LOS ANGELES (Reuters) - Hollywood studios and the Screen Actors Guild met on Wednesday for their first face-to-face encounter since the studios broke off long-stalled labor talks by presenting the union with a “final” contract offer.
Little of substance was expected to emerge from the meeting, which the studios said was intended strictly as a question-and-answer session about the 43-page proposal issued on Monday.
Contrary to the studios’ assertions, SAG leaders have suggested the door remained open for further negotiations.
But it was not clear whether SAG planned to bring a counterproposal to the meeting, and if the union did so, whether the studios would even consider it.
The studio offer contains essentially the same terms as a labor deal recently brokered by SAG’s smaller sister union, the American Federation of Television and Radio Artists, which SAG leaders have vehemently opposed as a weak compromise.
SAG has mounted an all-out campaign seeking to persuade its 40,000 members who belong to both unions to reject AFTRA’s tentative TV contract in a ratification vote that comes to a close next Tuesday.
SAG leaders argue that defeating the AFTRA deal could give them the leverage needed to clinch a more favorable settlement for all actors under the larger SAG contract covering the work of 120,000 members in both prime-time television and movies.
That deal expired at midnight Monday, hours after the studios broke off negotiations with SAG and presented the union their “final offer” — a version of the AFTRA deal modified to address issues unique to the film industry.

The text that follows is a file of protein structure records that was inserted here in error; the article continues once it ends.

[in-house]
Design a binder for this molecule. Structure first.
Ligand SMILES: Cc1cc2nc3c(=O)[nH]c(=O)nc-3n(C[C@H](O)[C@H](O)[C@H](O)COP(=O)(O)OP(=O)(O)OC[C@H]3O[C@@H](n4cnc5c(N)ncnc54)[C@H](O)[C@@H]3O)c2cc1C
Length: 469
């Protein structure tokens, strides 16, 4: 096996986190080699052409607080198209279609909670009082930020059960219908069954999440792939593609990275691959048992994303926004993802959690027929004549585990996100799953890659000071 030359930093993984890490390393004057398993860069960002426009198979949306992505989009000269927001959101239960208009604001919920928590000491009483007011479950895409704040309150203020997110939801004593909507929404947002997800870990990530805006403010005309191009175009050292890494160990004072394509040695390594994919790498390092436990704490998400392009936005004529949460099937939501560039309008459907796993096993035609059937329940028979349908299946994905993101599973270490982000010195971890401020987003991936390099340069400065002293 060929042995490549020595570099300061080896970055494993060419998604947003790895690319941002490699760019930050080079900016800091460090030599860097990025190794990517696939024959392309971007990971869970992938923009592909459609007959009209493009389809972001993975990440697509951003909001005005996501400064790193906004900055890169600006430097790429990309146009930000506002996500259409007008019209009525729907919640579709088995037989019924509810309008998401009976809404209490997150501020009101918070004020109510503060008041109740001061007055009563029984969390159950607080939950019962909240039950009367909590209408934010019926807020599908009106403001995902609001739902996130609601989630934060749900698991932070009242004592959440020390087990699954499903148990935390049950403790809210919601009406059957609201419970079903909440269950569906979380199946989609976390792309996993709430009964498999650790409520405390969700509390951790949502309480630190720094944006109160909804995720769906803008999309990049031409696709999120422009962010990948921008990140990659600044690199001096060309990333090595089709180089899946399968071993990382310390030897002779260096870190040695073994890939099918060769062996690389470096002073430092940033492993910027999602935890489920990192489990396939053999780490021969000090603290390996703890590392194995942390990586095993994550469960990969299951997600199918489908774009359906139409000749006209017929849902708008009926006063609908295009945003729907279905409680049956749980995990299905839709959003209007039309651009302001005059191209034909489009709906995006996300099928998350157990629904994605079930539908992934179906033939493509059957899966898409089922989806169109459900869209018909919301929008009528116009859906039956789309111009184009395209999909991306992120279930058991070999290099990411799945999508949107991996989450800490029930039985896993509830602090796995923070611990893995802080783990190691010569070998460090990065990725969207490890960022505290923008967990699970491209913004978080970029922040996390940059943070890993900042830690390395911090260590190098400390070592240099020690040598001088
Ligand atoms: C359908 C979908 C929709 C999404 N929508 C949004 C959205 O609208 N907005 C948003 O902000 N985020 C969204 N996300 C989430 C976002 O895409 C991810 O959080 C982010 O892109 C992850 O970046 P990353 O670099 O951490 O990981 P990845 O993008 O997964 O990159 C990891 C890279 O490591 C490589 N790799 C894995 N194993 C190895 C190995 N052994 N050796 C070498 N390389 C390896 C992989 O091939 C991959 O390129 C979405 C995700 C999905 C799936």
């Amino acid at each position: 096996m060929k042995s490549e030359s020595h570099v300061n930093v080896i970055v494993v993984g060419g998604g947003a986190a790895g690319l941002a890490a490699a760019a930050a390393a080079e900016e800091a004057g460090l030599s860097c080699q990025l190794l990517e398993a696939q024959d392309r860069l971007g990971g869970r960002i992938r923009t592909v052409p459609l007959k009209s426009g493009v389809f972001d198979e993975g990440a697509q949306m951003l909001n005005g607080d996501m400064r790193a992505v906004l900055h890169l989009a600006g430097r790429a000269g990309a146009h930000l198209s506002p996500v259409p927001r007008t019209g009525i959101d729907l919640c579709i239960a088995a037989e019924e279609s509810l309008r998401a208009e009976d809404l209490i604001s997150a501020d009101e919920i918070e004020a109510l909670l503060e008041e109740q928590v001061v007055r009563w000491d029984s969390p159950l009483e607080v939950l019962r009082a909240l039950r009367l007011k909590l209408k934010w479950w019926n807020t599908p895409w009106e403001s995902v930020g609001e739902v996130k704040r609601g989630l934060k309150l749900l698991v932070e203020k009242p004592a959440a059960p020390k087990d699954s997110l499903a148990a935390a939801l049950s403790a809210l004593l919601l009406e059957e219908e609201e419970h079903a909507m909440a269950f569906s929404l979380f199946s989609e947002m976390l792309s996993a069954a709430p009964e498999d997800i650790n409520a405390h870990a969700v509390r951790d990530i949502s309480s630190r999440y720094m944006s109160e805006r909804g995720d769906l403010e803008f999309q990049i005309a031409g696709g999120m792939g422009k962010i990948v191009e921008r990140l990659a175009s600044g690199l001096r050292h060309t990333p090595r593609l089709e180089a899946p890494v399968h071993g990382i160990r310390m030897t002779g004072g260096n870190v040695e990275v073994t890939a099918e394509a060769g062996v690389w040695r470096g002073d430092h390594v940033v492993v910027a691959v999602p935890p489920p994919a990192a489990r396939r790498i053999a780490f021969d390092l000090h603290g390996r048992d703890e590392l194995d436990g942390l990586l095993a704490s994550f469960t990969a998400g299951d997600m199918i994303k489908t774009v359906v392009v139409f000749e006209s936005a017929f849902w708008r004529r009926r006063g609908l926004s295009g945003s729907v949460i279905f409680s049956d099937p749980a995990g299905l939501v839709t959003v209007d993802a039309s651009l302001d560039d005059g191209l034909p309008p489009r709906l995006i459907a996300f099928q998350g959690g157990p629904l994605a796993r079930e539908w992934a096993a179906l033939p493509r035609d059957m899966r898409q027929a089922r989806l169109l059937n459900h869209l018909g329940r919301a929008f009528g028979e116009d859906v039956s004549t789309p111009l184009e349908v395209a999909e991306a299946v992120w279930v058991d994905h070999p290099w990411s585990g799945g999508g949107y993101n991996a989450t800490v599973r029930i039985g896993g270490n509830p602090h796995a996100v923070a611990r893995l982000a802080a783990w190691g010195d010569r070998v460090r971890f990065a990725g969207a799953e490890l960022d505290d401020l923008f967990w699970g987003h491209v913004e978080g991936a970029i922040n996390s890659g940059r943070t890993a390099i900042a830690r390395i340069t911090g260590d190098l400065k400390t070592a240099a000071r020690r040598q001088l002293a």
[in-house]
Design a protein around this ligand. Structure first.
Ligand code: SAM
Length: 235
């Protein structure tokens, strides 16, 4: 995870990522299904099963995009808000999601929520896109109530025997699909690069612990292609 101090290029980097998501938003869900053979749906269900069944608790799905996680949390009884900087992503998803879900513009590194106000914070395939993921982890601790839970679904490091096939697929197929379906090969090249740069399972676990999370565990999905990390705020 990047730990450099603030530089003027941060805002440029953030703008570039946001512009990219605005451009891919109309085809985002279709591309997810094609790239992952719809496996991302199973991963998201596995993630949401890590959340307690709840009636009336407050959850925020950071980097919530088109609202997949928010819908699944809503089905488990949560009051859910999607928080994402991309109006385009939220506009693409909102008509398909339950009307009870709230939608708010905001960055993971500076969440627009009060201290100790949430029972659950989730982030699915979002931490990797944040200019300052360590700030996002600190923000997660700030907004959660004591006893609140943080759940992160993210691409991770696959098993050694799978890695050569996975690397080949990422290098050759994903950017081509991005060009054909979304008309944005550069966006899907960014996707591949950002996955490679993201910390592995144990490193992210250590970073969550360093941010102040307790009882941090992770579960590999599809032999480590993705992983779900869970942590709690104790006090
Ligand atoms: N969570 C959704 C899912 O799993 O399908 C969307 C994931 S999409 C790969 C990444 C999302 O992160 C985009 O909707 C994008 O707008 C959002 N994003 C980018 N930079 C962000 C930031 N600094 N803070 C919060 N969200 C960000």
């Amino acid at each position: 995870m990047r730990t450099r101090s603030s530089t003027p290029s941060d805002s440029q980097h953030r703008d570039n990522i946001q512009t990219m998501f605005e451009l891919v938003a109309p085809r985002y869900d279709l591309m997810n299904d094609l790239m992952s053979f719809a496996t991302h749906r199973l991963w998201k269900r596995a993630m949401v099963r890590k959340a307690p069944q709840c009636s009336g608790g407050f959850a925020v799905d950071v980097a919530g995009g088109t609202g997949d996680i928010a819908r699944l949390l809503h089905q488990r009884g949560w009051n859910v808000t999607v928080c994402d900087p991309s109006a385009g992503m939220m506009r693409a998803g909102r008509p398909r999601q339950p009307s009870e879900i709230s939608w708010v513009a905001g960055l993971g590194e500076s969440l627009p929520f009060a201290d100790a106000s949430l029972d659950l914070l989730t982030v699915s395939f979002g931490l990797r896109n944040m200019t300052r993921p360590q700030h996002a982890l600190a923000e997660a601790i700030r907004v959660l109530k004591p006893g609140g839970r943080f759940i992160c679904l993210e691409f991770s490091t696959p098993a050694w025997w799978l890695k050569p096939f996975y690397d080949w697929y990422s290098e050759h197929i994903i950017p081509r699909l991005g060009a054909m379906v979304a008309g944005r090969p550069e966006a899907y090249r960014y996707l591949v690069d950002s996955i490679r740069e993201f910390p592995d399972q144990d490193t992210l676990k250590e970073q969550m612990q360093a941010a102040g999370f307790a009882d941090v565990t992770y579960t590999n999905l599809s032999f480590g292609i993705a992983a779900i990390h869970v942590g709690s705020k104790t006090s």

SAG’s talks, which began in mid-April, hit some of the same stumbling blocks that led Hollywood writers to go on strike months ago, including disagreements over how union talent should be paid for work created especially for the Internet.
Basic provisions of the old SAG pact remain in effect for now. But if the union rejects the studios’ latest offer, a package they say is worth more than $250 million in additional compensation, the studios could opt to impose its terms.
SAG’s only recourse at that point, besides capitulation, would be a strike, a move that union leaders have downplayed.
Many industry watchers doubt SAG, whose leadership has been divided over the anti-AFTRA campaign, could even muster the support necessary for a walkout, which requires a 75 percent majority vote of rank-and-file members.
Whatever SAG decides to do, the studios have set no deadline for a response to their final offer, and no one expects the union to take decisive action before next Tuesday or Wednesday, when the outcome of the AFTRA deal is known.
In the meantime, much of the entertainment industry already has slipped into “de facto strike” mode, as major studios halt film production in anticipation of costly labor disruptions.
SAG, however, has signed special waivers with over 300 independent producers allowing actors to continue working for those companies in the event of a walkout. Production on many TV shows has plowed ahead as well.